SC on issues about morality

Morality refers to what is good or right conduct at a given circumstance. In Estrada v. Escritor,[1] the Supreme Court described morality as "how we ought to live and why."[2]Morality may be religious, in which case what is good depends on the moral prescriptions of a high moral authority or the beliefs of a particular religion. Religion, as the Supreme Court defined in Aglipay v. Ruiz,[3] is "a profession of faith to an active power that binds and elevates man to his Creator."[4] A conduct is religiously moral if it is consistent with and is carried out in light of the divine set of beliefs and obligations imposed by the active power.

Morality may also be secular, in which case it is independent of any divine moral prescriptions. What is good or right at a given circumstance does not derive its basis from any religious doctrine but from the independent moral sense shared as humans.

The non-establishment clause[5] bars the State from establishing, through laws and rules, moral standards according to a specific religion. Prohibitions against immorality should be based on a purpose that is independent of religious beliefs. When it forms part of our laws, rules, and policies, morality must be secular. Laws and rules of conduct must be based on a secular purpose.[6]

In the same way, the Supreme Court, in resolving cases that touch on issues of morality, is bound to remain neutral and to limit the bases of its judgment on secular moral standards. When laws or rules refer to morals or immorality, courts should be careful not to overlook the distinction between secular and religious morality if it is to keep its part in upholding constitutionally guaranteed rights.[7]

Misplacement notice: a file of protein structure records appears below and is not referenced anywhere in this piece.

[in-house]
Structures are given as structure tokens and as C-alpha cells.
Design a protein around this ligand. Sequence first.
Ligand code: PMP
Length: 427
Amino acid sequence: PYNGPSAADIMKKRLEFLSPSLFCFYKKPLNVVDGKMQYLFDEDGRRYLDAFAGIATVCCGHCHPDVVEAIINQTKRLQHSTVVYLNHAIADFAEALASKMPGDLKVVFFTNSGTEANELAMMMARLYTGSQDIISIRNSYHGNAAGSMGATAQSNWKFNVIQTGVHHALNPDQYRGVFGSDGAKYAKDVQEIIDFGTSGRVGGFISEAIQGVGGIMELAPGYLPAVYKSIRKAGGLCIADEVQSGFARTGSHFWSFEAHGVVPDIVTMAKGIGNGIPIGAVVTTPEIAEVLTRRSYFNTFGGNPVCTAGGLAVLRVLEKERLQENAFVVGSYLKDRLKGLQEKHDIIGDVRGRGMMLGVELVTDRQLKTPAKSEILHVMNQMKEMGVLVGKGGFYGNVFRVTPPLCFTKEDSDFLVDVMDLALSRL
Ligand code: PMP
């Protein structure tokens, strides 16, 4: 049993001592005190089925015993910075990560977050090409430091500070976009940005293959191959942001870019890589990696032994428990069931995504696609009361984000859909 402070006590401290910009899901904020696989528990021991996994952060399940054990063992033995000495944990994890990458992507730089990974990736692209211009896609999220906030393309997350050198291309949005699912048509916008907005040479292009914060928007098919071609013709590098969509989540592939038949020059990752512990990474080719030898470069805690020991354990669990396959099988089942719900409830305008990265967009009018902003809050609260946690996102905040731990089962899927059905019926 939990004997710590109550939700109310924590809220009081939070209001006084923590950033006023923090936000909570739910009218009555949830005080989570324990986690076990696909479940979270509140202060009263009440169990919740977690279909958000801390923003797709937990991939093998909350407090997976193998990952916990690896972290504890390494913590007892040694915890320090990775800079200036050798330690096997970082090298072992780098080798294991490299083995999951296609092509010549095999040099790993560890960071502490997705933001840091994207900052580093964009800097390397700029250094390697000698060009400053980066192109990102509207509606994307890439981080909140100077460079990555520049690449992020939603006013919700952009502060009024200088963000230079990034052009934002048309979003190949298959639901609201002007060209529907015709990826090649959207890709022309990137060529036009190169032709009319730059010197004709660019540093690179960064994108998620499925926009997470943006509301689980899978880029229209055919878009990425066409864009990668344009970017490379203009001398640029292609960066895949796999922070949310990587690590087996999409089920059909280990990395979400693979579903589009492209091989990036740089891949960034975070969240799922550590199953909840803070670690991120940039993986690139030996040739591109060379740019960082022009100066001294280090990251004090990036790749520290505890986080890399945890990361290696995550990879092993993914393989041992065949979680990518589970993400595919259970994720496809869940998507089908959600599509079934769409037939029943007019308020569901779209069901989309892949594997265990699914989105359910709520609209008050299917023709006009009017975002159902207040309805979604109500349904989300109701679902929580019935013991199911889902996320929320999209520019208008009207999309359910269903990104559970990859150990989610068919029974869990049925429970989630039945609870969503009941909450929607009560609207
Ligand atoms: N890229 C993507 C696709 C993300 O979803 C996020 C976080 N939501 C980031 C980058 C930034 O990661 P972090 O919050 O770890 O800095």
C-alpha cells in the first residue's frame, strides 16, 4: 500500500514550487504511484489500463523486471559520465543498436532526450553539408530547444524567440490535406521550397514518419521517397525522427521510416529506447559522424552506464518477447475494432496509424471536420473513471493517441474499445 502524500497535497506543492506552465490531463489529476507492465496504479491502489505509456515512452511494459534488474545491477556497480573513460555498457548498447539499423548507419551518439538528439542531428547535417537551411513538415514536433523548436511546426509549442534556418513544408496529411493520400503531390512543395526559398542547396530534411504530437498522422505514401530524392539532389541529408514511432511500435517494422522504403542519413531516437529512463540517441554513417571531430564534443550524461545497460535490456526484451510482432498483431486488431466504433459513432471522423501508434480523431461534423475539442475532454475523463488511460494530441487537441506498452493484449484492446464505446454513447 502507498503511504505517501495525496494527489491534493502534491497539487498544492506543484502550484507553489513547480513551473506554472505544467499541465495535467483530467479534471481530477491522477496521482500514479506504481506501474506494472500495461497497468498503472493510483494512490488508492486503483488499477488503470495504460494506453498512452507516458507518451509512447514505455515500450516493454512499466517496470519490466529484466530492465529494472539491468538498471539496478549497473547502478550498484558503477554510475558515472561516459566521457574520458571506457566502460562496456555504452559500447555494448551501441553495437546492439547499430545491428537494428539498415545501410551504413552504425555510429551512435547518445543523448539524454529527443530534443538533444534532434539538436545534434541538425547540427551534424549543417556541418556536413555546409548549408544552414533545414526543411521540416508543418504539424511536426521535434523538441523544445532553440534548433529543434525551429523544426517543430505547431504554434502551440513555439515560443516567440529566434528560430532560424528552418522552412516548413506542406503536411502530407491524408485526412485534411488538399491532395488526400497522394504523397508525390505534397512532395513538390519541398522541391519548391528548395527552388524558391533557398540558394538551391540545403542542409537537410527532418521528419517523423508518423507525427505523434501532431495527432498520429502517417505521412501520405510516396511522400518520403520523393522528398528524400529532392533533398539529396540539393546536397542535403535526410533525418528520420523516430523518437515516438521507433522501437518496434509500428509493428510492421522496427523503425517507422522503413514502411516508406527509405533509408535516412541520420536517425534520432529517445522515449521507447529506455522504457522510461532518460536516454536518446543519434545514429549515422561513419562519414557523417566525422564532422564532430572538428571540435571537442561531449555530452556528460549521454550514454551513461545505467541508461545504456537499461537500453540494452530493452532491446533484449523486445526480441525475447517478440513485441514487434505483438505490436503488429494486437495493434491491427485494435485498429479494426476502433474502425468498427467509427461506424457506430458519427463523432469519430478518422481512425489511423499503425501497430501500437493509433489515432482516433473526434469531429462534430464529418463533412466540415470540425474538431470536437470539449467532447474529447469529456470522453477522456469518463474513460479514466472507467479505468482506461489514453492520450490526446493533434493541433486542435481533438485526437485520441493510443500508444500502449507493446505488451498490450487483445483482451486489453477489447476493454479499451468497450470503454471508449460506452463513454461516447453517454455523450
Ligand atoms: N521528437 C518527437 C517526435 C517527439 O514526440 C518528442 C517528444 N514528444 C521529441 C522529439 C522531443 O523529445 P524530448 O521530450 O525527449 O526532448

There is the danger of "compelled religion"[8] and, therefore, of negating the very idea of freedom of belief and non-establishment of religion when religious morality is incorporated in government regulations and policies. As explained in Estrada v. Escritor:[9]
Otherwise, if government relies upon religious beliefs in formulating public policies and morals, the resulting policies and morals would require conformity to what some might regard as religious programs or agenda. The non-believers would therefore be compelled to conform to a standard of conduct buttressed by a religious belief, i.e., to a "compelled religion" anathema to religious freedom. Likewise, if government based its actions upon religious beliefs, it would tacitly approve or endorse that belief and thereby also tacitly disapprove contrary religious or non-religious views that would not support the policy. As a result, government will not provide full religious freedom for all its citizens, or even make it appear that those whose beliefs are disapproved are second-class citizens. Expansive religious freedom therefore requires that government be neutral in matters of religion; governmental reliance upon religious justification is inconsistent with this policy of neutrality.[10]

The Supreme Court may not sit as judge of what is moral according to a particular religion. They do not have jurisdiction over and is not the proper authority to determine which conduct contradicts religious doctrine. The Supreme Court has jurisdiction over matters of morality only insofar as it involves conduct that affects the public or its interest.

[1] 455 Phil. 411 (2003) [Per J. Puno, En Banc].

[2] Id. at 580.

[3] 64 Phil. 201 (1937) [Per J. Laurel, First Division].

[4] Id. at 206.

[5] CONST., art. III, sec. 5.

[6] See Estrada v. Escritor, 455 Phil. 411, 586-594 (2003) [Per J. Puno, En Banc].

[7] See Estrada v. Escritor, 455 Phil. 411 (2003) [Per J. Puno, En Banc].

[8] Estrada v. Escritor, 455 Phil. 411, 589 (2003) [Per J. Puno, En Banc].

[9] 455 Phil. 411 (2003) [Per J. Puno, En Banc].

[10] Id. at 588-589.

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